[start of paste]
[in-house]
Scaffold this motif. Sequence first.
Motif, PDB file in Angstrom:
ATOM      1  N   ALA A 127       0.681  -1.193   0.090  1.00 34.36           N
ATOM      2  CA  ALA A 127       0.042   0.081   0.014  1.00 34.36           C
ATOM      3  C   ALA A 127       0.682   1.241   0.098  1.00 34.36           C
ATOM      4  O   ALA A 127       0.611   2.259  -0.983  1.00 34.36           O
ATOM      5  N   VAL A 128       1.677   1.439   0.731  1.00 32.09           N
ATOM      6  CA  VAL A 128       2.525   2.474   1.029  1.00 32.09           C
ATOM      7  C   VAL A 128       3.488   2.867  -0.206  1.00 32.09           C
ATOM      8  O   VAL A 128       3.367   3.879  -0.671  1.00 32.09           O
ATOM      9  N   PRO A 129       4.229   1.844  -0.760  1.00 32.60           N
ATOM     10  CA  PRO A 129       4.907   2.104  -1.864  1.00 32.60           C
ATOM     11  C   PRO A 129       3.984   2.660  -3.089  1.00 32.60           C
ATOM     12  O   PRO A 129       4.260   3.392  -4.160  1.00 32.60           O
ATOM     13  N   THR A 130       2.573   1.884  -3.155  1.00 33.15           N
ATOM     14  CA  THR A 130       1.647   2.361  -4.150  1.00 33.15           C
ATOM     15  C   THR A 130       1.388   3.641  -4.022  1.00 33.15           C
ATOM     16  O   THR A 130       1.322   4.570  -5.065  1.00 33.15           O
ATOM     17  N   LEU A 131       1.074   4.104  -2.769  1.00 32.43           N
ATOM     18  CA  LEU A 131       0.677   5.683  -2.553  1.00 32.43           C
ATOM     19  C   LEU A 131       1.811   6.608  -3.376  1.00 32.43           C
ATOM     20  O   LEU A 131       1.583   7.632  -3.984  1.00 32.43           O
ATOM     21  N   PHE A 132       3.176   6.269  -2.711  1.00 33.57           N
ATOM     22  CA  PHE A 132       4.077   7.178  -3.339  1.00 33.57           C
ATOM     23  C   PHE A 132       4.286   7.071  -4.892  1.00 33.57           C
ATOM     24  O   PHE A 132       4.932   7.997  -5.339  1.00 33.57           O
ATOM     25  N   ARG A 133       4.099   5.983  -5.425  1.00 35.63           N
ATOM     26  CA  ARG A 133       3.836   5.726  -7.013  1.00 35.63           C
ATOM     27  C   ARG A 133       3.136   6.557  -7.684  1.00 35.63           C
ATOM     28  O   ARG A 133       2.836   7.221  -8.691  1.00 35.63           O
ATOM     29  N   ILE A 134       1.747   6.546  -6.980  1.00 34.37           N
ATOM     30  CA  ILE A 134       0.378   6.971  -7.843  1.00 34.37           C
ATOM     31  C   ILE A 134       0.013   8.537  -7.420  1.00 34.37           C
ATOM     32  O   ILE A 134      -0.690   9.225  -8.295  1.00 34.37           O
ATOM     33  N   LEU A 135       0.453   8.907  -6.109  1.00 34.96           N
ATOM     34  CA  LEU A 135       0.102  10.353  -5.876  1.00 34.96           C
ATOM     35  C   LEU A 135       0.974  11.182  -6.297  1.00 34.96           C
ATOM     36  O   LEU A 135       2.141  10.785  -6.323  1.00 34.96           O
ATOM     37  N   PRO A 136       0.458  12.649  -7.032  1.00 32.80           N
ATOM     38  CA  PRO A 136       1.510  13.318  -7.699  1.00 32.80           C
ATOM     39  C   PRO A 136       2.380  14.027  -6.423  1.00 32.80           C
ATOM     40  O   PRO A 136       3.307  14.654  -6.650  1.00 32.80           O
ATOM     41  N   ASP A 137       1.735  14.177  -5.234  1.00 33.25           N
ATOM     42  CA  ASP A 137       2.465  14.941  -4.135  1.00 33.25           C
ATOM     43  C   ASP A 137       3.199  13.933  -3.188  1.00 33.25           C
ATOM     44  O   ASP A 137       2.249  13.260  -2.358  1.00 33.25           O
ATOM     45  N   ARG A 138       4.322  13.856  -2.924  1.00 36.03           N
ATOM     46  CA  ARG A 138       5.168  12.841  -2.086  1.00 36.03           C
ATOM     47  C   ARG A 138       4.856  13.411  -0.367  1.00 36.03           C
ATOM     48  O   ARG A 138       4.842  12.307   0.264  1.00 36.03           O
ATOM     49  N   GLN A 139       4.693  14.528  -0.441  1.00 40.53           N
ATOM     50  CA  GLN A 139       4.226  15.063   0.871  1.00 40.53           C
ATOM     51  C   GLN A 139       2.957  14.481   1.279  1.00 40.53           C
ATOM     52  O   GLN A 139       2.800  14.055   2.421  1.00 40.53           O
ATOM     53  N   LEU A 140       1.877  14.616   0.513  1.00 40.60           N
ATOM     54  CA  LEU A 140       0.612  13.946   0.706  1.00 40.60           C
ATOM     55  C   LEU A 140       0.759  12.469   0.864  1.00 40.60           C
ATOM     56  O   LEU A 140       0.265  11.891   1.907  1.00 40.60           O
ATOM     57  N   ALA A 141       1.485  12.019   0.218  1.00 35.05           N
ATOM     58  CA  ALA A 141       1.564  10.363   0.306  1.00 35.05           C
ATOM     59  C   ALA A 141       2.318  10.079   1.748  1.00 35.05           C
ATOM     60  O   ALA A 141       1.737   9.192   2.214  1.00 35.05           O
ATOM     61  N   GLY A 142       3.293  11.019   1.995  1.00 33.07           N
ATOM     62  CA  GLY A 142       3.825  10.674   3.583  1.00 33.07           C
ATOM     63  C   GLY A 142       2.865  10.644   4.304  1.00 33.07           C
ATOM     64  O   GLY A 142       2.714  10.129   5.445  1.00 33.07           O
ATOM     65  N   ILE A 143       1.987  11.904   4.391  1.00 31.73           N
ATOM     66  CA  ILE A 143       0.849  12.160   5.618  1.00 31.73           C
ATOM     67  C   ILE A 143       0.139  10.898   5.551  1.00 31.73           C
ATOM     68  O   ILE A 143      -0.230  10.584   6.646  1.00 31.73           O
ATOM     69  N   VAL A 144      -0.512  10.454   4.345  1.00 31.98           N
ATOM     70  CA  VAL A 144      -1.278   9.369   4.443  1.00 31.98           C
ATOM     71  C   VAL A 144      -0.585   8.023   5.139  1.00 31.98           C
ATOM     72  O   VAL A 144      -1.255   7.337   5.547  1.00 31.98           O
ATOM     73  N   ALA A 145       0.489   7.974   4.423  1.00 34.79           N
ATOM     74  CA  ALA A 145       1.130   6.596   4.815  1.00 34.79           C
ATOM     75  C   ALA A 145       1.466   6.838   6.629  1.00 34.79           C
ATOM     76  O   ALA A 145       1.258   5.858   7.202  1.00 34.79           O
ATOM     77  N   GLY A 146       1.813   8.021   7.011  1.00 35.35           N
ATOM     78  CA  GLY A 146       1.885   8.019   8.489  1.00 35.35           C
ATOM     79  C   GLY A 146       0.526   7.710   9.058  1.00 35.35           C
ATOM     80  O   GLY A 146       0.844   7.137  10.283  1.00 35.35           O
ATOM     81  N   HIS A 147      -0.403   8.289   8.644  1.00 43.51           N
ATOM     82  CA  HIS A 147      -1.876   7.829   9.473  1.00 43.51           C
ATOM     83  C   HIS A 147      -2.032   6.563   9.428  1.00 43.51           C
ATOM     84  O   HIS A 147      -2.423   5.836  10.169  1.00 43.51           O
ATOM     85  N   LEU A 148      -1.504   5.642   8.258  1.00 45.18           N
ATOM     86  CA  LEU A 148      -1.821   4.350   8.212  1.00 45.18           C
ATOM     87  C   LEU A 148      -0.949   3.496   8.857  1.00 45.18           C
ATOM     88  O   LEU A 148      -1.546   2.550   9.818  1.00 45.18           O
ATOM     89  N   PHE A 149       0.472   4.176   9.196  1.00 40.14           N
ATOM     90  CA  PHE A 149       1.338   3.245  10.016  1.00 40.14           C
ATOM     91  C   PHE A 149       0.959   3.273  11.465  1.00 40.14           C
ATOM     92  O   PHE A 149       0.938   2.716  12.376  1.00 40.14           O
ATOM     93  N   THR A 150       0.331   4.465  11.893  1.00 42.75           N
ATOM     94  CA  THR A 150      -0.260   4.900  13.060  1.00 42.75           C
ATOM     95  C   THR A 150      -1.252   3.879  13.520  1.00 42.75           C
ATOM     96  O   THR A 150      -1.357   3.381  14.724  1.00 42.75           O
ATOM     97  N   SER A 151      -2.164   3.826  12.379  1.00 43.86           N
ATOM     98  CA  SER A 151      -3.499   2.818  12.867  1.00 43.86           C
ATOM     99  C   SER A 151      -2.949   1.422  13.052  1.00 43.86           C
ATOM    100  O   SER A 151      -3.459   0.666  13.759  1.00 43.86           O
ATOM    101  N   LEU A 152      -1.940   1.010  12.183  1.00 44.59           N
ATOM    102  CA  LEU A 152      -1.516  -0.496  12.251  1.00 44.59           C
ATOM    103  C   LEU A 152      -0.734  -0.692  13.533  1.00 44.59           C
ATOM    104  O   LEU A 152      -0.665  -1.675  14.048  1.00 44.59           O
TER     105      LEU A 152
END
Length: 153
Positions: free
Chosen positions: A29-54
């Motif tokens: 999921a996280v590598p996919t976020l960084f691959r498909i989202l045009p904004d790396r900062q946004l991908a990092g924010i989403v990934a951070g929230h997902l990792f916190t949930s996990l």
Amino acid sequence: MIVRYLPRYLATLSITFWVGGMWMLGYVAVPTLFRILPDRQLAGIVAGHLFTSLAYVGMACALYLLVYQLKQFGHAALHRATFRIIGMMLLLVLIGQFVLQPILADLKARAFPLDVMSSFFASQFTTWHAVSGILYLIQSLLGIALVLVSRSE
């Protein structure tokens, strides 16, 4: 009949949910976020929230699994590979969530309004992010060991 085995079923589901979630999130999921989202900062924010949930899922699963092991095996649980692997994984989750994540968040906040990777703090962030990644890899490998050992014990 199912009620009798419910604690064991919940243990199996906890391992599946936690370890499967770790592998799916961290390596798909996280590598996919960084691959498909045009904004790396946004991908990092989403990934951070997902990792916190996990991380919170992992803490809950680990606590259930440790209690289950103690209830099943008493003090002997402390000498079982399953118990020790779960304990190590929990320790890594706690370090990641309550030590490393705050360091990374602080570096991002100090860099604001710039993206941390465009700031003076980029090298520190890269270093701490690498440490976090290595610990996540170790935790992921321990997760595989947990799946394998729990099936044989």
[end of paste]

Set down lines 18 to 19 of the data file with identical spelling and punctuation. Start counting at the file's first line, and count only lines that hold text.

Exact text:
ATOM     15  C   THR A 130       1.388   3.641  -4.022  1.00 33.15           C
ATOM     16  O   THR A 130       1.322   4.570  -5.065  1.00 33.15           O